The apparent distortions and alignments of faint galaxy images due to the gravitational lensing effect by the large-scale structure of the Universe is one of the potentially most powerful probes of cosmology. This so-called cosmic shear effect maps the matter distribution at different epochs and is thus sensitive to both the expansion history and the growth of structure. Forthcoming cosmic shear surveys such as the ESA Euclid mission will enable unprecedented insight into the properties of dark matter and dark energy, and
test the validity of general relativity on cosmological scales.
The anticipated high-quality measurements of cosmic shear require an accurate understanding and treatment of systematic effects. The major astrophysical effect that contaminates the cosmic shear signal is the intrinsic alignment of galaxies. During their formation and evolution, galaxies are subjected to tidal forces exerted by the surrounding large-scale structure, which causes the galaxies to align with the matter distribution and neighbouring galaxies. These alignments can exactly mimic the gravitational lensing signal and have been demonstrated to potentially yield a systematic signal that is up to two orders of magnitude above the statistical errors expected for Euclid. To date, observational constraints are weak and models simplistic, so that a major effort is needed to ensure the success of the Euclid mission and other cosmic shear surveys.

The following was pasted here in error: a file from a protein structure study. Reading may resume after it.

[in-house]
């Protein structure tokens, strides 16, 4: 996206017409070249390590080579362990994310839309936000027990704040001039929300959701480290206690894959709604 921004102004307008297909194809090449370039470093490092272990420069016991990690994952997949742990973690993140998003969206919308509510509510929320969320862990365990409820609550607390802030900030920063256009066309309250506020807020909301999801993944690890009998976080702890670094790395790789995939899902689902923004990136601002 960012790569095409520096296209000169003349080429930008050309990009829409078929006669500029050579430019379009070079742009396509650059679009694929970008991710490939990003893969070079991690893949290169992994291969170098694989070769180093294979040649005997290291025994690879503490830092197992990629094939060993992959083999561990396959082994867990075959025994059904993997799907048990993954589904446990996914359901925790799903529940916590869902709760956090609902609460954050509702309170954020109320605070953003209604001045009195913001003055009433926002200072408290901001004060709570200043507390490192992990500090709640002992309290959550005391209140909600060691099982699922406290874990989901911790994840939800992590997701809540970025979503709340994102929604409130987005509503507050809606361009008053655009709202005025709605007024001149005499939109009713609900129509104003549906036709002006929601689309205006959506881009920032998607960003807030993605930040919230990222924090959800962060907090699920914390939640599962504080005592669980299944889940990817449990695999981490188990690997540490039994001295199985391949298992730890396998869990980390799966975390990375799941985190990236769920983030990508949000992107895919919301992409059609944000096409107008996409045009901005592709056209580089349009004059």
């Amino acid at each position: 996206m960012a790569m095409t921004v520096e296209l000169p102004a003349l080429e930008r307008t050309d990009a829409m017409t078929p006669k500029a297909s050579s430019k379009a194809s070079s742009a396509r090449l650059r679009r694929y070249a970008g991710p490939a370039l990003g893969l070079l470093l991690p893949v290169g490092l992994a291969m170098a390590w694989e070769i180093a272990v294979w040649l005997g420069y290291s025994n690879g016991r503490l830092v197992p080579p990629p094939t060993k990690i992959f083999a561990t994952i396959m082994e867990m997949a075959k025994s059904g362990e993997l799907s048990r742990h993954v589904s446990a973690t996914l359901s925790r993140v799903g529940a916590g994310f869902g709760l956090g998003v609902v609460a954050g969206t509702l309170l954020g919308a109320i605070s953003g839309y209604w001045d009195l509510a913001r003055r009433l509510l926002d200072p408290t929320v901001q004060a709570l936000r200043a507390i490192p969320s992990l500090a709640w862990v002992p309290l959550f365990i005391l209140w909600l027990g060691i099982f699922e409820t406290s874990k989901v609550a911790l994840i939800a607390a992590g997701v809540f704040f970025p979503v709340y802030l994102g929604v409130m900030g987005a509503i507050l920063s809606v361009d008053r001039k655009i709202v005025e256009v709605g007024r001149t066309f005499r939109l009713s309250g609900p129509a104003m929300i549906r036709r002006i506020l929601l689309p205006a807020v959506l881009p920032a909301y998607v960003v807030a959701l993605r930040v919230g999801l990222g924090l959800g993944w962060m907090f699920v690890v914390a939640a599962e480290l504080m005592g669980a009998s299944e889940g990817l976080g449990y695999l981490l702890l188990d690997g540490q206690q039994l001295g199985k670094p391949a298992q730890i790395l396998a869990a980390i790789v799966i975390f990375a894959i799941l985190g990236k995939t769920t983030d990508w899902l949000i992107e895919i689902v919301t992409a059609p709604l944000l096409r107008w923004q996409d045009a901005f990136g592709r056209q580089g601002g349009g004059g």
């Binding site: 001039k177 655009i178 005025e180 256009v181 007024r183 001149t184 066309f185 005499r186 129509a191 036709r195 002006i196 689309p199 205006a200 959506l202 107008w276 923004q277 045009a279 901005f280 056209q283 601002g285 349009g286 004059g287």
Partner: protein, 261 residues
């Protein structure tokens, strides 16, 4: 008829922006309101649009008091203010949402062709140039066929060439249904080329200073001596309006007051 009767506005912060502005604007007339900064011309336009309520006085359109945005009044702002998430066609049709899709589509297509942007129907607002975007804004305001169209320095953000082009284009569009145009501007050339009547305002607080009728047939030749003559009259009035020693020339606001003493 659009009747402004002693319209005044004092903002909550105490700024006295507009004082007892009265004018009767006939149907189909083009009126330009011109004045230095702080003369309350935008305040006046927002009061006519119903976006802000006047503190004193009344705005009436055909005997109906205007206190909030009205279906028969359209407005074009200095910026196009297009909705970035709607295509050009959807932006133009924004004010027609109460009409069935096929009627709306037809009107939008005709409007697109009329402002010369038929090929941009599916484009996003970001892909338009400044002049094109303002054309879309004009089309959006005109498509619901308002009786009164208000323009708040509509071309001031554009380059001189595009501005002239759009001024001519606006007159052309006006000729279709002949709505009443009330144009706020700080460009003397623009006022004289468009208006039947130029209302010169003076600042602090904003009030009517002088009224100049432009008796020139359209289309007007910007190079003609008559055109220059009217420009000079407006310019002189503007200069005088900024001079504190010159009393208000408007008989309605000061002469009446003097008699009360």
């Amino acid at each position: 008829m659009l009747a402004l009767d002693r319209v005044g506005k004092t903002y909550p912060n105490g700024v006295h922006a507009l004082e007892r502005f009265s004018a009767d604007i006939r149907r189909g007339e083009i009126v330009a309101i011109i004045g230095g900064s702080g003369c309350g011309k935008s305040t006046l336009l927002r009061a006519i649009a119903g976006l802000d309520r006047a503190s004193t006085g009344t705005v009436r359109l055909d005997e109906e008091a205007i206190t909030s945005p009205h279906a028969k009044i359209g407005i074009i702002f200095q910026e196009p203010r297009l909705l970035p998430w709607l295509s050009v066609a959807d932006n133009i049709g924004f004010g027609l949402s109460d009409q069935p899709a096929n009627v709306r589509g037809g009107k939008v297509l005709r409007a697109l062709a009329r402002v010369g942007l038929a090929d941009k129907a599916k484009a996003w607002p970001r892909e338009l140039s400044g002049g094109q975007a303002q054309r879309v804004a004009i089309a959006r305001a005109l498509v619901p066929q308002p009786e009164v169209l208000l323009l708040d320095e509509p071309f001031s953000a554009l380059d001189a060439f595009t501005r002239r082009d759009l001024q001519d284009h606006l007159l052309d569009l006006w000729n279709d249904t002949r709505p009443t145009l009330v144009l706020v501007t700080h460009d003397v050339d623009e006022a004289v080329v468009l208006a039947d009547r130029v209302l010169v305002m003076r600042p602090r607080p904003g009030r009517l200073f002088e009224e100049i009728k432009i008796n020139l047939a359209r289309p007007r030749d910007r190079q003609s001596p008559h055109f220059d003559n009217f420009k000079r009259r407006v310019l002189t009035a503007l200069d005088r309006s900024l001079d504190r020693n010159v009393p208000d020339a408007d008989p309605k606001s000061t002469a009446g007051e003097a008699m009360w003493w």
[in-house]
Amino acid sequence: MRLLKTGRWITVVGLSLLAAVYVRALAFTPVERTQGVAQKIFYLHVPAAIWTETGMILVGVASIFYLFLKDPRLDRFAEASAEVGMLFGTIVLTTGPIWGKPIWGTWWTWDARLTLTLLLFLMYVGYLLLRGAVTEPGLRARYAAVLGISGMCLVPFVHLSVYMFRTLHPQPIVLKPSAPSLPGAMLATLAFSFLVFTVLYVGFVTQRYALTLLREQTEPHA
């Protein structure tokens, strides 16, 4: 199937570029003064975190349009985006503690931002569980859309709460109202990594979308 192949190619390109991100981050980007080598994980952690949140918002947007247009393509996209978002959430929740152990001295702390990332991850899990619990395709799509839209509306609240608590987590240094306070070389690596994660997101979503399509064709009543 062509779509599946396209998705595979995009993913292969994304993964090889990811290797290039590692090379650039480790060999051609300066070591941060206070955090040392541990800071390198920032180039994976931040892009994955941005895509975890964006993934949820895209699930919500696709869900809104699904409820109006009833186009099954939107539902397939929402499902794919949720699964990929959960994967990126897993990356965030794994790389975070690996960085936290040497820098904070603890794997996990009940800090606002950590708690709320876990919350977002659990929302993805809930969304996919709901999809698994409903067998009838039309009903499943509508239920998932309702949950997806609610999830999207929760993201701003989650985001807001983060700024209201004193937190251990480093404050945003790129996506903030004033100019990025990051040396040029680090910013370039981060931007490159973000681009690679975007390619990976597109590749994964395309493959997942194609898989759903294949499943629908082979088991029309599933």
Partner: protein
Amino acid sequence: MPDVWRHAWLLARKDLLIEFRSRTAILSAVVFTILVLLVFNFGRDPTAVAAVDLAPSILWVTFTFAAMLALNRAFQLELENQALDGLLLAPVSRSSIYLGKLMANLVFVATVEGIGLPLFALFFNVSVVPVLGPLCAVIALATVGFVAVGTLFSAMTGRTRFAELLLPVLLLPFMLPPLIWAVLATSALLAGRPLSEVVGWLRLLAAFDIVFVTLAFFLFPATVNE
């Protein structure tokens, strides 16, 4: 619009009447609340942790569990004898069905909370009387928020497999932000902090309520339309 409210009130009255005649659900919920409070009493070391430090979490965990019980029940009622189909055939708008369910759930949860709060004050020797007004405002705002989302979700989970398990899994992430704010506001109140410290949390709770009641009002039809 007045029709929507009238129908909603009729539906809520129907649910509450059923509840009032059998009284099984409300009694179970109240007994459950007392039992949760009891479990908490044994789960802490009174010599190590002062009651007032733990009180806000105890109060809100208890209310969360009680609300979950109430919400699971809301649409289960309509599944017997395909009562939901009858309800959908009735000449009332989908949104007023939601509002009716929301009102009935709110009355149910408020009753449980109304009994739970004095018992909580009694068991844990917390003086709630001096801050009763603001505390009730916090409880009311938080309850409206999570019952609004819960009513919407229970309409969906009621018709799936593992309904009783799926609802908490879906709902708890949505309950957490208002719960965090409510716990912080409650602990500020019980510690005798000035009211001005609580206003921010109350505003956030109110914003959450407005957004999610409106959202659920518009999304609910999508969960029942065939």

The planned workshops will bring together leading observational, theoretical, and numerical expertise on intrinsic alignments, with the goal to decisively advance the understanding of this astrophysical effect.